In the race for Lorain County commissioner, three-term incumbent Democrat Lori Kokoski faces Republican Connie Carr, a business, finance, and real estate lawyer.
County commissioners’ duties include budget oversight and approving county spending, approving employee hiring, and approving building and land purchases. There are three commissioners and they serve four-year terms.
Carr said her 18 years of legal work has made her pragmatic. She said she works to build relationships and find common ground with people.
If elected, Carr said her legal background will help the county realize it’s “tremendous potential,” which she believes isn’t being reached.
“In fact, we seem to sometimes be moving backward,” Carr said during an Oct. 10 candidates night in Oberlin. “What we currently have isn’t working and we need to change that.”
Kokoski, who took office in 2005, said she ran to be a voice for residents and her experience as commissioner makes her the best candidate.
During her time in office, Kokoski helped form the county land bank, which acquired federal taxpayer money to demolish more than 400 blighted homes since 2012, the vast majority in Elyria and Lorain. She spearheaded the Lorain County 911 emergency dispatch center merger with the Lorain County Sheriff’s Office in 2011, saving the sheriff’s office about $400,000 annually.
Kokoski supported efforts by the county prosecutor’s office to collect back taxes from property owners. About $6.8 million has been collected in the last year, part of an effort to collect $10 million by year’s end. The commissioner also supported purchase of a building for a recycling collection center, keeping tons of material out of the county dump.
Kokoski — who said she has raised about $50,000 in campaign money and has roughly $20,000 on hand — said she and commissioners Ted Kalo and Matt Lundy have an extremely challenging job finding money to provide services. Shrinking local tax revenue since the Great Recession and state taxpayer aid from the legislature has led to full-time county workers being cut from 2,140 at the end of 2008 to 1,727 at the end of last year, a 19-percent drop.
The county, which has an approximately $60 million annual budget, faces a projected $2.5 million deficit. To help balance the budget, Kokoski supports Issue 32, which would raise the county sales tax from 6.5 percent to 6.75 percent. If passed, the increase would raise about $9 million annually with half for the general fund and half for transit improvements. Carr also supports passage.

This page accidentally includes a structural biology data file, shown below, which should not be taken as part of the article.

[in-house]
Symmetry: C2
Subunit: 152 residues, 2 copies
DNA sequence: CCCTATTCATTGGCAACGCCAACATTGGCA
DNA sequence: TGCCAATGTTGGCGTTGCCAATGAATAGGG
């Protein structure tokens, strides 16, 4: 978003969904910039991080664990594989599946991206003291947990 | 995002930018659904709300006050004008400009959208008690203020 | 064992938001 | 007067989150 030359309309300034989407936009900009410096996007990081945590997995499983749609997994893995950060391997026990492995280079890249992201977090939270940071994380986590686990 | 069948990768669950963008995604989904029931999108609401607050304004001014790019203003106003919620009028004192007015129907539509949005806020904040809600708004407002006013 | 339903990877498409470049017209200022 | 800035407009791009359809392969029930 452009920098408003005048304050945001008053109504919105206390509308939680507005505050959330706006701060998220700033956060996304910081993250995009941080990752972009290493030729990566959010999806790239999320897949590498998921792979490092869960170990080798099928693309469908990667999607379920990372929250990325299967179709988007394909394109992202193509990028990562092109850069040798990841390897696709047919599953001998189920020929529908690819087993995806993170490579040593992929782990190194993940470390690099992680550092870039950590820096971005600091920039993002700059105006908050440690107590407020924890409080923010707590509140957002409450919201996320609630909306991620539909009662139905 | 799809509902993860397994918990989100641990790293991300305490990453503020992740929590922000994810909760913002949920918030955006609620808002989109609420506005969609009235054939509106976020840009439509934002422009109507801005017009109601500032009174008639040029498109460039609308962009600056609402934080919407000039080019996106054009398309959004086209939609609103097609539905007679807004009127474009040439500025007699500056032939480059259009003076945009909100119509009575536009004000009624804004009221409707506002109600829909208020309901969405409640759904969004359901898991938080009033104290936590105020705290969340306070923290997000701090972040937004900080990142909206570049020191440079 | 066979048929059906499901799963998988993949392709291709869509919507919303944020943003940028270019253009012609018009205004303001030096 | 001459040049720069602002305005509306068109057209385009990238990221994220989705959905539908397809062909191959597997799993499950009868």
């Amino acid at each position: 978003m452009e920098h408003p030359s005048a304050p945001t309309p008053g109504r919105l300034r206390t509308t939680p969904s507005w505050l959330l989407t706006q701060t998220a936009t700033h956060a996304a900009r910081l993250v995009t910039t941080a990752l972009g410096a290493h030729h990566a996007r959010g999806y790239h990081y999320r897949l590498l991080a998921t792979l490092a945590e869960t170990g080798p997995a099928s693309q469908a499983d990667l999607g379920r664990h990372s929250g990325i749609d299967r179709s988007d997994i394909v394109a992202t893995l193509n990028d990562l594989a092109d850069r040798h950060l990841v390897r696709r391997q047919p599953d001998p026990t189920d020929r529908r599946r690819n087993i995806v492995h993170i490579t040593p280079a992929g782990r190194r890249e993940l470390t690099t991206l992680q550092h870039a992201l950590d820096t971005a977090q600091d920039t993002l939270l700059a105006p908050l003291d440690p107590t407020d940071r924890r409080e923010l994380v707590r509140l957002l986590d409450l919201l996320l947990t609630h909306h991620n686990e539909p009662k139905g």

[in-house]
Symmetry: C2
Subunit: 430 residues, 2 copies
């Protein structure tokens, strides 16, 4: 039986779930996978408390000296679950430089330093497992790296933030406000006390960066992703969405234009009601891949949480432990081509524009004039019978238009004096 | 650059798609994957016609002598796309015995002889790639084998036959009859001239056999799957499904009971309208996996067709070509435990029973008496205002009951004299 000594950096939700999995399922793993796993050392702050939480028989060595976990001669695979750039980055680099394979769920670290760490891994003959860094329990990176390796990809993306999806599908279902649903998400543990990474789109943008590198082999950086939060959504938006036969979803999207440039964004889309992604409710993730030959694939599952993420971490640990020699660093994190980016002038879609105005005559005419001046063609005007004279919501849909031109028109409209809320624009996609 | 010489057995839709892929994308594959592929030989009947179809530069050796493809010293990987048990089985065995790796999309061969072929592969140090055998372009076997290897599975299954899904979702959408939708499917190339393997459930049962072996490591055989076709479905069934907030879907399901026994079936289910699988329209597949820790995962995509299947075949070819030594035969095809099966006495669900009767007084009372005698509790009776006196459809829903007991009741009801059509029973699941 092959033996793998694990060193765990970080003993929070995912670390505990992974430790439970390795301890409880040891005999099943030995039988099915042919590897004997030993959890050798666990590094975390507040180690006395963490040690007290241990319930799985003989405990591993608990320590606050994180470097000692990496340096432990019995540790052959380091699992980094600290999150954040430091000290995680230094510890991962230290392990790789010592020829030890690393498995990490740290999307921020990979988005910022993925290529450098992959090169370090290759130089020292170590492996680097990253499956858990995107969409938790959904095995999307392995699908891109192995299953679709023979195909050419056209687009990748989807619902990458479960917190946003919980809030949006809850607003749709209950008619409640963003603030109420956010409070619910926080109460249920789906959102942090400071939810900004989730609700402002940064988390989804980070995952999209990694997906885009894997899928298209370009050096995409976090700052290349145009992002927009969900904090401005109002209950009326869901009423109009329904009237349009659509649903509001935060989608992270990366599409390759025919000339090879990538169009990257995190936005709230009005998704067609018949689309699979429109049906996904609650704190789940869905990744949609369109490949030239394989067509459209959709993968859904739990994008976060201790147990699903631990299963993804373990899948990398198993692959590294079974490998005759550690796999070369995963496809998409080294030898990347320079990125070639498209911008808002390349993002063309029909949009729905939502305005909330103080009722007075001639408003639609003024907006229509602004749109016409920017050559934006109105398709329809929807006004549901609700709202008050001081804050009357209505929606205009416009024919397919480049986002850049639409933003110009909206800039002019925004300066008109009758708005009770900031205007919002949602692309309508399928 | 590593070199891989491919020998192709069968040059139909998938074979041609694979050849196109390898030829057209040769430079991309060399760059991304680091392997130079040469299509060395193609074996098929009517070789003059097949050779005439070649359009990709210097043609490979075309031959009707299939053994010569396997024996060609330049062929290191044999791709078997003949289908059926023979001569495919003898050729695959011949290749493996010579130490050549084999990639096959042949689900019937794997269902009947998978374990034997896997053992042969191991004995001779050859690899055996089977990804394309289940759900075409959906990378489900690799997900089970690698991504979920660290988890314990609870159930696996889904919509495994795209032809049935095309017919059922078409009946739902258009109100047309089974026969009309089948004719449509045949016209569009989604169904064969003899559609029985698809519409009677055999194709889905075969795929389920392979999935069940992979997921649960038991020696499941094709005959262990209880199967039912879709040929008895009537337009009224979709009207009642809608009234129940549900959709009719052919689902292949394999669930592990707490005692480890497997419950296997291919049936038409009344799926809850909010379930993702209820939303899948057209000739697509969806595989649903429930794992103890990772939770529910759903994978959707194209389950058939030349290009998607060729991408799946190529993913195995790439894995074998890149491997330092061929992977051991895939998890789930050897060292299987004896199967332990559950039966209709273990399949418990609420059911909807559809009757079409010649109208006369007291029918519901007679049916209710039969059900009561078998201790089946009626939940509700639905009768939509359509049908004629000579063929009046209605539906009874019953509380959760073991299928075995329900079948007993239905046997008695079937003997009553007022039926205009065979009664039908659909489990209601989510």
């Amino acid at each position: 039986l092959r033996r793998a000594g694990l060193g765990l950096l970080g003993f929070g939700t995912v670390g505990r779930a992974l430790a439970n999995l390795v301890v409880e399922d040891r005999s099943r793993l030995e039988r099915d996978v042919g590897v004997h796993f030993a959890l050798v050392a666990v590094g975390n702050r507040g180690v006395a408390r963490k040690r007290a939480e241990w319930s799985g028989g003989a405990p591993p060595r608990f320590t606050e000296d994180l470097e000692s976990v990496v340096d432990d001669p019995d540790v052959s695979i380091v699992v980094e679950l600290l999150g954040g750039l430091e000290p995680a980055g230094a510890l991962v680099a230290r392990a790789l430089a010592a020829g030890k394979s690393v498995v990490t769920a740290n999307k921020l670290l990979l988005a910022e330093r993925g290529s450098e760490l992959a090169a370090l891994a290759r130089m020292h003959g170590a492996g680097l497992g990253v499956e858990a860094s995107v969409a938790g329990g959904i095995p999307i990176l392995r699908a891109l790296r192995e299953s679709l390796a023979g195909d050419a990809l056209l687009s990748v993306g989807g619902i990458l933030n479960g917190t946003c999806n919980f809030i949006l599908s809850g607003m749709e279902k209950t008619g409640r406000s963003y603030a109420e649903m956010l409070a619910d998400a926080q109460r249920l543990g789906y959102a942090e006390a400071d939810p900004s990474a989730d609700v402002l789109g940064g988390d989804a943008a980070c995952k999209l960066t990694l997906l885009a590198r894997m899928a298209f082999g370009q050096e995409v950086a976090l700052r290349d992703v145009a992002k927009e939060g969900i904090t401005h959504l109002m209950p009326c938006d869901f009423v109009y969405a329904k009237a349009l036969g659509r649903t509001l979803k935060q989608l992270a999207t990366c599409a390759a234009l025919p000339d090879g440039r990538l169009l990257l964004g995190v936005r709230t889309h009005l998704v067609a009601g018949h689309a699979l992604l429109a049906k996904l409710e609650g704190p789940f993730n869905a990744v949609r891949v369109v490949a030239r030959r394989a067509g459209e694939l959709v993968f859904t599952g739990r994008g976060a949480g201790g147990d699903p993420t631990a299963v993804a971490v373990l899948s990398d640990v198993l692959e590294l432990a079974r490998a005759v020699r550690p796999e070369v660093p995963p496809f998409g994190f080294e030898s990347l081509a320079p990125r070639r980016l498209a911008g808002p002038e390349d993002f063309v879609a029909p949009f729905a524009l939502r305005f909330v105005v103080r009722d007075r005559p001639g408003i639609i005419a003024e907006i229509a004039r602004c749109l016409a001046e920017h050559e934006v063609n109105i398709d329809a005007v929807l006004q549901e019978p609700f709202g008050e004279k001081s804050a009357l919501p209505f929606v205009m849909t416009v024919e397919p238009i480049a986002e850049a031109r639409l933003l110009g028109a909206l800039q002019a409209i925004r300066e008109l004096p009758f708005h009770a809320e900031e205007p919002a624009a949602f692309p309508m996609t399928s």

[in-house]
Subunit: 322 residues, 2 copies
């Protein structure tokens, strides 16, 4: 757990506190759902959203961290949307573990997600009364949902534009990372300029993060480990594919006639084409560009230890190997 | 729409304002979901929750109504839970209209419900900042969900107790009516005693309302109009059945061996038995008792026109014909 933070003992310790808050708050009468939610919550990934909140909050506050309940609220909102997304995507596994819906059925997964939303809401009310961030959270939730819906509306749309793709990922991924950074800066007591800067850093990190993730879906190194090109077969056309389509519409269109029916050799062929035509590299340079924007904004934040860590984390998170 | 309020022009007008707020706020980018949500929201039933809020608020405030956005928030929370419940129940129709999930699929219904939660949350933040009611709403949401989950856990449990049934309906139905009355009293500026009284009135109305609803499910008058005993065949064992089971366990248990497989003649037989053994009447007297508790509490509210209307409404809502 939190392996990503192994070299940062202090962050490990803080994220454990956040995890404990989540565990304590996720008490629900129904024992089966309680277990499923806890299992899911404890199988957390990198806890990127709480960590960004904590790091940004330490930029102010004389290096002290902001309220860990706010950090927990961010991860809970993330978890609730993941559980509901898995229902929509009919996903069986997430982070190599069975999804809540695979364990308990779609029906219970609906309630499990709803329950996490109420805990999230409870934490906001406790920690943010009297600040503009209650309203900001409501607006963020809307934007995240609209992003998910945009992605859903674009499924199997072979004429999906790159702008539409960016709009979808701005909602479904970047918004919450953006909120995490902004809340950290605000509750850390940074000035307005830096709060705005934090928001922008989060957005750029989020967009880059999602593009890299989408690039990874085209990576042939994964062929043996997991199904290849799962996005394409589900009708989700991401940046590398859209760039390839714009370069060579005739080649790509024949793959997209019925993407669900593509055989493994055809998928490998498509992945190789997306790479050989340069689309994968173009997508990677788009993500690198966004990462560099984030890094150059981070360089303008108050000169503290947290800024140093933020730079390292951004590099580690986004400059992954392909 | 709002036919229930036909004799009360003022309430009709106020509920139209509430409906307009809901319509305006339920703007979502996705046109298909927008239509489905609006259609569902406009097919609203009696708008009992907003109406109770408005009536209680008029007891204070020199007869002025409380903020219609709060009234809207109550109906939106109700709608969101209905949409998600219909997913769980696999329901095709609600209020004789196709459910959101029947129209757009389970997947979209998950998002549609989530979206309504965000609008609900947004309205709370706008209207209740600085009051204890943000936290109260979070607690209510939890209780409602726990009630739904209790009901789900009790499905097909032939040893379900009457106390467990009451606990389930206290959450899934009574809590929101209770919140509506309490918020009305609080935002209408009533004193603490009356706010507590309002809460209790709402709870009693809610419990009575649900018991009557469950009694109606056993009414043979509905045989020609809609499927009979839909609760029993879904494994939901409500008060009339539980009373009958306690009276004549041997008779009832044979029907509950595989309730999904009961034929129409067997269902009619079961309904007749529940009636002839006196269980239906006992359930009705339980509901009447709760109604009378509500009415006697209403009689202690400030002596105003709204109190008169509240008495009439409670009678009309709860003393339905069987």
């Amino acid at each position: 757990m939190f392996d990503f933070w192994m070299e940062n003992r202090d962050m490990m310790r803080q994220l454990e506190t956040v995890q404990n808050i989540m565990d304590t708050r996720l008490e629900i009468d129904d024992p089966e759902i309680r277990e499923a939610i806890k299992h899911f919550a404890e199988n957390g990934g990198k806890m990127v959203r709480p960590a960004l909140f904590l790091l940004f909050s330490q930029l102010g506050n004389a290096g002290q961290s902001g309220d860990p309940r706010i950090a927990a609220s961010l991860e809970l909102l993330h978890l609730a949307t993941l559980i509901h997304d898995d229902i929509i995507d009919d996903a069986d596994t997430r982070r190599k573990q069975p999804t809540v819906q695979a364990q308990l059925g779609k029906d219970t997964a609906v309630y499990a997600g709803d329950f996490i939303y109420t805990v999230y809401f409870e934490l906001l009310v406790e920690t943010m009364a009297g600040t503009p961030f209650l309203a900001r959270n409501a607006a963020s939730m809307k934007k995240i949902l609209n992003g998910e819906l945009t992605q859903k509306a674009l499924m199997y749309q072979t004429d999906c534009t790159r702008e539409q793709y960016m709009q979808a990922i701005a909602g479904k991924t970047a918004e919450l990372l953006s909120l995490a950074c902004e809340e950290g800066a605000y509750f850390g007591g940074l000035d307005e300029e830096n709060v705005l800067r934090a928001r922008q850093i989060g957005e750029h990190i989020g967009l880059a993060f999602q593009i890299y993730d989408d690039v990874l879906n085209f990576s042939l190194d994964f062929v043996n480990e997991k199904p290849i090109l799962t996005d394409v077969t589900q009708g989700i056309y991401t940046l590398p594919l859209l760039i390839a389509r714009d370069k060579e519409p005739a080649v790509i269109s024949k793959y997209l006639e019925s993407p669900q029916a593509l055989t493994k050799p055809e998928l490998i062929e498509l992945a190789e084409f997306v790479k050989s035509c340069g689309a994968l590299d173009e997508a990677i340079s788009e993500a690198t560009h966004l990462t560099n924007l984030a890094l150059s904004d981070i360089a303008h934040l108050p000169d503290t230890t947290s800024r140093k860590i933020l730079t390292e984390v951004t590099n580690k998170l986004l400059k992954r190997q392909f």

Kokoski criticized the Republican-majority legislature for cutting funding to local governments despite having an approximately $2 billion surplus. The county received about $2 million in state funding this year, down from about $8 million annually before the recession.
“Either give that money back to the local governments or give it back to the taxpayers,” Kokoski said on candidates night. “We’ve tightened the budgets almost as much as we possible can but we’re continuing to find efficiencies and to stay within our means.”
Carr agreed that her party should be providing more aid to local governments but said the county needs to create more jobs. “We can’t tax our way back to prosperity,” she said.
Carr said in an interview that if elected, she would try to streamline job training initiatives by Lorain County Community College and local unions. She would also discourage local governments from over-regulation, which she said makes it harder for the county to retain and recruit businesses.
Instead of a “gotcha mentality,” Carr said government needs to make businesses better understand laws and help them comply. “It’s a different mindset that isn’t always there,” said Carr, who said she has spent about $37,000 on her campaign and has about $8,000 on hand.
Carr criticized the commissioners for cutting ties in February with the Lorain County Visitors Bureau, which she said hurt efforts to recruit businesses. And she faulted Lundy for asking the Lorain County Fair Board to stop allowing sales of the Confederate flag because of the flag’s racist history.
“You’ve got to prioritize what you’re spending the focus of your time and energy on,” she said. “Your time and energy ought to be focused on what can we do to make life better for the people who live here.”
Evan Goodenow can be reached at 440-775-1611 or @GoodenowNews on Twitter
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